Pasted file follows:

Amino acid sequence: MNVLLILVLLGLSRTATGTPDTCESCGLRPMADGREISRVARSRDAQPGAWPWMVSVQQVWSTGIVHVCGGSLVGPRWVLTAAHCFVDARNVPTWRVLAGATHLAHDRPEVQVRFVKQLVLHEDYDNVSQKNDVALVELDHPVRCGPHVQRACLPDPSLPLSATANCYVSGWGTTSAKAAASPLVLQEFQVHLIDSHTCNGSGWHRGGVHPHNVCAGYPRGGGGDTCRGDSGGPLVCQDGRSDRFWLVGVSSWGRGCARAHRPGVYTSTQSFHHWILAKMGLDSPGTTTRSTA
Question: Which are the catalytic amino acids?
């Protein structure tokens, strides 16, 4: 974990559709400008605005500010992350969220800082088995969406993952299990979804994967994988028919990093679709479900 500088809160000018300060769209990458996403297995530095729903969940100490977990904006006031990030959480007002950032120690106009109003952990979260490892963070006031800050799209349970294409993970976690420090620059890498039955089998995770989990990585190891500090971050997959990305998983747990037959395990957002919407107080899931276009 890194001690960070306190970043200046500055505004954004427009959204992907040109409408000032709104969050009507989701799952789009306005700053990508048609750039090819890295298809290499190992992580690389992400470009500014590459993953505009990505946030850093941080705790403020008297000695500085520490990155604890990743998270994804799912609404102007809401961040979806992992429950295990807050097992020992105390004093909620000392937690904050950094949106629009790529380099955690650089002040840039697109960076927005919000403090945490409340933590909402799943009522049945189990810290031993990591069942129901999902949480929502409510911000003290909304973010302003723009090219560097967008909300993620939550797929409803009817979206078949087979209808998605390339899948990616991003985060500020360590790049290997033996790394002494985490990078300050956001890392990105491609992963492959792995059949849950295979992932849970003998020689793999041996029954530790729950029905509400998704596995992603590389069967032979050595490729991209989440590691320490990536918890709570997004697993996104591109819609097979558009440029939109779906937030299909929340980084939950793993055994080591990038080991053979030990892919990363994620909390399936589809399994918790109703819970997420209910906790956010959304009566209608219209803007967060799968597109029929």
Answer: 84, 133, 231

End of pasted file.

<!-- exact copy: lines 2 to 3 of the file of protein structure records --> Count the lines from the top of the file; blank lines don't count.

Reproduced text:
Question: Which are the catalytic amino acids?
């Protein structure tokens, strides 16, 4: 974990559709400008605005500010992350969220800082088995969406993952299990979804994967994988028919990093679709479900 500088809160000018300060769209990458996403297995530095729903969940100490977990904006006031990030959480007002950032120690106009109003952990979260490892963070006031800050799209349970294409993970976690420090620059890498039955089998995770989990990585190891500090971050997959990305998983747990037959395990957002919407107080899931276009 890194001690960070306190970043200046500055505004954004427009959204992907040109409408000032709104969050009507989701799952789009306005700053990508048609750039090819890295298809290499190992992580690389992400470009500014590459993953505009990505946030850093941080705790403020008297000695500085520490990155604890990743998270994804799912609404102007809401961040979806992992429950295990807050097992020992105390004093909620000392937690904050950094949106629009790529380099955690650089002040840039697109960076927005919000403090945490409340933590909402799943009522049945189990810290031993990591069942129901999902949480929502409510911000003290909304973010302003723009090219560097967008909300993620939550797929409803009817979206078949087979209808998605390339899948990616991003985060500020360590790049290997033996790394002494985490990078300050956001890392990105491609992963492959792995059949849950295979992932849970003998020689793999041996029954530790729950029905509400998704596995992603590389069967032979050595490729991209989440590691320490990536918890709570997004697993996104591109819609097979558009440029939109779906937030299909929340980084939950793993055994080591990038080991053979030990892919990363994620909390399936589809399994918790109703819970997420209910906790956010959304009566209608219209803007967060799968597109029929």